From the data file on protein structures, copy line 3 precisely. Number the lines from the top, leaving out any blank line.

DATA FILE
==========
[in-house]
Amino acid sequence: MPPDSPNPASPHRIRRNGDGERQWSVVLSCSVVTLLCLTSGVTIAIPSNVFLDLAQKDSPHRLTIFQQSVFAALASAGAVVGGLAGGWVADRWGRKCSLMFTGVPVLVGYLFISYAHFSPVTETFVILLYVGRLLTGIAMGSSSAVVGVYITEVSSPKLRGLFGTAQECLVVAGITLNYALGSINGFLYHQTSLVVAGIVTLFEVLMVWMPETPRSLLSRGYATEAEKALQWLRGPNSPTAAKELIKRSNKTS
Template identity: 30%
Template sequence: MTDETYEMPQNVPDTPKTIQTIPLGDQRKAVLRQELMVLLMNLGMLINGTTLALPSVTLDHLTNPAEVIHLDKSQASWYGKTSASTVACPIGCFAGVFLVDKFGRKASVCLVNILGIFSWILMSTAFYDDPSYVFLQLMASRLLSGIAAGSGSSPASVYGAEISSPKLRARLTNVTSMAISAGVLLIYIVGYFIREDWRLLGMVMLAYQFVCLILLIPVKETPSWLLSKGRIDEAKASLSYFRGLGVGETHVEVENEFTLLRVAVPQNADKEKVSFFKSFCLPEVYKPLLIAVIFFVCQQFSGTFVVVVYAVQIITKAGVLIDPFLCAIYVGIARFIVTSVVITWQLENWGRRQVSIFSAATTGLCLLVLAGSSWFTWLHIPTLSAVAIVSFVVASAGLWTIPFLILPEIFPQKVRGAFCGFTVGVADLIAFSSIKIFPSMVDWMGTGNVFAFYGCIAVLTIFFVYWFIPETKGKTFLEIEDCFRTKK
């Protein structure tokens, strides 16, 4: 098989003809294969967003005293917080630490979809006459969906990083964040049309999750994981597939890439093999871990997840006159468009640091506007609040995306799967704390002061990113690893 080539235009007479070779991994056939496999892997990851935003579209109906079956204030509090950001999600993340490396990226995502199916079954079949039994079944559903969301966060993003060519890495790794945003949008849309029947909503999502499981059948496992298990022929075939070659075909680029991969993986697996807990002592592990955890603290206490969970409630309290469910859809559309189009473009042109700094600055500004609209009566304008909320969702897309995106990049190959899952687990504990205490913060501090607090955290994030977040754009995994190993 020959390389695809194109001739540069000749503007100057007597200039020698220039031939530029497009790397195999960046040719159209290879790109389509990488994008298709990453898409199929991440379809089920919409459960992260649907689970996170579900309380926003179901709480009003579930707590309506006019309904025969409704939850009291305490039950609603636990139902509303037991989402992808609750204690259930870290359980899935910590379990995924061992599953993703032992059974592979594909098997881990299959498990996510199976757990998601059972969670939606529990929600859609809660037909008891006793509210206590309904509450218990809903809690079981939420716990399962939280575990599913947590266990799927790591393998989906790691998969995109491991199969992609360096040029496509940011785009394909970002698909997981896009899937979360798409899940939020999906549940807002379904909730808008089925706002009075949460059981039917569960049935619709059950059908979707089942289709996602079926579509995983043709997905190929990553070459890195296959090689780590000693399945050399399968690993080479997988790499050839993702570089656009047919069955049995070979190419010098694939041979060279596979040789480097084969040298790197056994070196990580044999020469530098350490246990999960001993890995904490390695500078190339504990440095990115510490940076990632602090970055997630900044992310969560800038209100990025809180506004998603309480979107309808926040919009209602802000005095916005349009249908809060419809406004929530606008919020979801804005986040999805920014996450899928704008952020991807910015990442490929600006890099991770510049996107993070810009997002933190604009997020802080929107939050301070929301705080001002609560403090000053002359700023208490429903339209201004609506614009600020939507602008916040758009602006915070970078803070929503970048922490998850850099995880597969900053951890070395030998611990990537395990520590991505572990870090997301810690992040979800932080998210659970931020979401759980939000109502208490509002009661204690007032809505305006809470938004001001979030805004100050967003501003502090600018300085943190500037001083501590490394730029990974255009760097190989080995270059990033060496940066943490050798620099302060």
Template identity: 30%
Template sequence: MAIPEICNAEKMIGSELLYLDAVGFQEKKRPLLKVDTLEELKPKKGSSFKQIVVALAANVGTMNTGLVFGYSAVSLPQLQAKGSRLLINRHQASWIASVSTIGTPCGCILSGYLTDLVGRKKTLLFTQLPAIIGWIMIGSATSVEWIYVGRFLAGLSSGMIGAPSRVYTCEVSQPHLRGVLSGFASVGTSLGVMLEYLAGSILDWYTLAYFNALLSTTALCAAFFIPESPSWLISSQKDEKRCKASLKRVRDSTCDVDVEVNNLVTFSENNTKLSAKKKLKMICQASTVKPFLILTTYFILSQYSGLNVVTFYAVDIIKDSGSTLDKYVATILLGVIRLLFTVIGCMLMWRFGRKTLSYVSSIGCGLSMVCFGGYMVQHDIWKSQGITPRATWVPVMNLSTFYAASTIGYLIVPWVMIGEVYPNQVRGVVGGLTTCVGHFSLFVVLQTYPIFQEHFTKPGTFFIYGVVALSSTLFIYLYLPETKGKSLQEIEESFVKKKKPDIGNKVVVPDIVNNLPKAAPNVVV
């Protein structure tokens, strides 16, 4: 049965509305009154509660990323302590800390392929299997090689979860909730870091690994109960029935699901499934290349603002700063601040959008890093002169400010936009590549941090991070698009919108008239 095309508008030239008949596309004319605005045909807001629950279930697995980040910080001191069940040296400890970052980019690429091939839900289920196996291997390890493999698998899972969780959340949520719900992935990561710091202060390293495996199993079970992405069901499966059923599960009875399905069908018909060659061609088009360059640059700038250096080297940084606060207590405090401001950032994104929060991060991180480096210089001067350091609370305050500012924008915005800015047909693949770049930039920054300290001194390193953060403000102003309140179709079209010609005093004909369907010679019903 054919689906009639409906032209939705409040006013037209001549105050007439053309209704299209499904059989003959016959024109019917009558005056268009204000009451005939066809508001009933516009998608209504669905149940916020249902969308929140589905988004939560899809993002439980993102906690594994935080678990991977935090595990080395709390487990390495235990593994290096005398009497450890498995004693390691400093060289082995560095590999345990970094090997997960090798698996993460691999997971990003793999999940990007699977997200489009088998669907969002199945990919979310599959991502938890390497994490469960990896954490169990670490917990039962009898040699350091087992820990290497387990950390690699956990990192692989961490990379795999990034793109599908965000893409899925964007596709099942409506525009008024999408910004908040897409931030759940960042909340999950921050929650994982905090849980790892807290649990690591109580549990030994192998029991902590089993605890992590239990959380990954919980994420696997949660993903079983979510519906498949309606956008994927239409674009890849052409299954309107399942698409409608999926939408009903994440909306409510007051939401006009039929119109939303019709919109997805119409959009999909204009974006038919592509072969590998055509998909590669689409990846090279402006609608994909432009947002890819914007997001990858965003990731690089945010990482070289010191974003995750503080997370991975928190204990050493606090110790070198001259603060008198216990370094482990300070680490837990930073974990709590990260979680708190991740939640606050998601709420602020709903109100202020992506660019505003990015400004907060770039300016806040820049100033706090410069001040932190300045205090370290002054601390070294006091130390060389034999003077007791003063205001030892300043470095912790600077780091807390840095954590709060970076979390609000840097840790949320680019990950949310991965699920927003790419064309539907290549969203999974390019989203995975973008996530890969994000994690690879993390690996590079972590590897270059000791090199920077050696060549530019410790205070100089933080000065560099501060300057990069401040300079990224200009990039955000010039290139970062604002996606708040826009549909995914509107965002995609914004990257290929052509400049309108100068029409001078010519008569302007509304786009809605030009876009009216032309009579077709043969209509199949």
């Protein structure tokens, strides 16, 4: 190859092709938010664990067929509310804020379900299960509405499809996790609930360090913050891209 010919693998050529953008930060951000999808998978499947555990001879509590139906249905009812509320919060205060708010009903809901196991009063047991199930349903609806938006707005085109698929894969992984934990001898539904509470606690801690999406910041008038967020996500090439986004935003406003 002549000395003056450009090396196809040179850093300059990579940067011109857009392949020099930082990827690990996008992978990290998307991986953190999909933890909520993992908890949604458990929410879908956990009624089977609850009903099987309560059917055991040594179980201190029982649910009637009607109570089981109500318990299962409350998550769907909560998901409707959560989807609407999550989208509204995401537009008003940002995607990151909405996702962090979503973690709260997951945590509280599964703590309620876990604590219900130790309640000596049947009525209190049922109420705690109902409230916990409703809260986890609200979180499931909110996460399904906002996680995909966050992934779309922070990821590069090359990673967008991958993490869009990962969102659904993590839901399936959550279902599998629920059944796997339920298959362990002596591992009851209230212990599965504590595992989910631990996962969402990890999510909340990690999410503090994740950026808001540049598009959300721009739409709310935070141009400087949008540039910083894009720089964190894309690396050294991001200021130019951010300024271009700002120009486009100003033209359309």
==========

Template identity: 30%